It was a bright, sunny morning. Many of the tribe wanted to enjoy the last few warm days before the colder winds started to blow in from the sea. Han found Gao wandering aimlessly outside the cave. He was too old to join in the childish games of his younger friends, but he didn’t have a job to do that day, either. Han looked at him with the careful eye of a hunter and decided Gao was old enough to start his training.

“Gao, come,” Han said simply. The boy slowly stood up and followed hesitantly. The hunter picked up a small bag and walked away from the cave. They traveled in the grasslands away from the sea as the sun rose high into the sky.

The trip was long, and the grassland offered little protection from the midday sun. Gao started to get a bit grumpy, but Han ignored this and continued walking. “Where we go?” Gao finally asked.

Han said the words that Gao had waited several weeks to hear: “You learn hunting.”

Gao fell quiet again, lost in the thoughts of one taking the first steps toward adulthood. Han watched him out of the corner of his eye, trying to remember what it was like all those seasons ago.

They walked toward a small group of trees. Gao snapped out of his thoughts and looked around, never straying this far from the cave before.

Han indicated a tree with small clusters of round, dark red fruits. “Remember this tree. Good fruit.” Gao nodded and looked around to try to remember it as he was told.

Han then pointed at the ground. “Find sticks. Some for fire. Find big one for spear.” The two spent much of the day collecting fallen branches and put them in a pile. Gao found a few larger sticks and brought them to Han, but was only frustrated when none of them had whatever it was Han was looking for.

Finally, after much searching one of the larger branches pleased Han. “This good. Now, find another like it.” Gao’s frustration returned as he went back to work gathering wood.

The sun was past the midpoint in the sky when Han called Gao for a break. They shared a small lunch from dried meat from the bag and some fruit they had found nearby. Han showed Gao how to spit the seeds as far as possible, a game he had learned when he was young. After a bit, Han told him it was time to continue working.

The sun was had gone halfway down the sky by the time Gao found another large stick that Han approved of. They gathered up the sticks into bundles and hauled them back to the cave.

“It late. I not learn to hunt?” Gao said with a frown, not hiding the disappointment in his voice.

“You learn first important lesson. I show you where food tree was. Food not always easy to find when hunting.”

Gao shrugged. Han kept walking, remembering his own youthful impatience.


“And, you learn to make spear. Your weapon very important.”

Gao was still grumpy the whole trip back, sulking as a child would. This worried Han, perhaps Gao wasn’t quite ready. This type of attitude might put the other hunters at risk.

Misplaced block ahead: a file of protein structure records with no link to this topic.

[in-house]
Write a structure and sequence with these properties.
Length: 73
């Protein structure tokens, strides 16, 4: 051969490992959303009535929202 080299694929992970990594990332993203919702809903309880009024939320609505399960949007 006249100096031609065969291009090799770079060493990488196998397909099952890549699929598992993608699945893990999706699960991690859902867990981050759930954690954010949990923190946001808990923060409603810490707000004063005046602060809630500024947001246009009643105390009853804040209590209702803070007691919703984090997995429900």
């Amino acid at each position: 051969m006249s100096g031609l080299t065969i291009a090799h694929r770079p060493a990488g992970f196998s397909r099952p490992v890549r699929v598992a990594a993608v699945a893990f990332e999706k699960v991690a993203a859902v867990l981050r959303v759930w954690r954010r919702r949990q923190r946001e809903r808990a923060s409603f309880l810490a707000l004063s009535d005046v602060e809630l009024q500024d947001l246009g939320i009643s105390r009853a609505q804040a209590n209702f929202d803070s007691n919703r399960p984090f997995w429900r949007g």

By the time they returned they fire at the mouth of the cave was built high and bright, guiding them back home. After they put the firewood aside, Han took the two larger sticks and motioned Gao toward him.

“First, we make beast spear. For hunting in grassland. Watch.”

Han took the more tapered end of the large stick and rubbed against the rough cave walls to make more of a point. He then took a half-burnt piece of wood from the giant bonfire and started a smaller fire off to the side. After it died down to coals, he put the end over, but not touching, the glowing embers.

“No burn, just get warm. Here, you hold.”

Gao took the stick and held it. His arms got tired and he started to fidget, but Han kept a close eye on him and scolded the boy every time the end of the stick got too close to the embers.

“Now, rub on wall again,” Han instructed, helping Gao scrape off the charred bits, exposing the darker wood underneath. Han took a look at the point and said, “Needs fire little longer.”

Gao held the point over the flames and concentrated hard on keeping the wood away from the few flames that occasionally flickered up. Han noted that he was taking this more seriously, and then had him scrape the end against the wall again.

“See hard point? Good for hunting.”

Gao grinned proudly. He had made his first true hunter’s weapon!

“Now we make fishing spear. Watch.”

Han took the other stick and hit it hard against the floor of the cave. Crack! He pounded it fiercely until the stick started to split on the end.

“See crack? This good,” Han said has he pried his fingers into the crack, widening it. When the splits were big enough he gave the stick to Gao.

“Now, harden the points with the fire.”

Gao understood what to do this time. He concentrated on the task and held the points near the fire, then scraped them carefully against the rough wall after a while. When he was done, the end of the spear was suitable for catching fish.

Han looked over the work. “Very good,” he said. “Better than my first spears.”

Gao beamed with pride. Perhaps it wasn’t real hunting yet, but he had started the journey.


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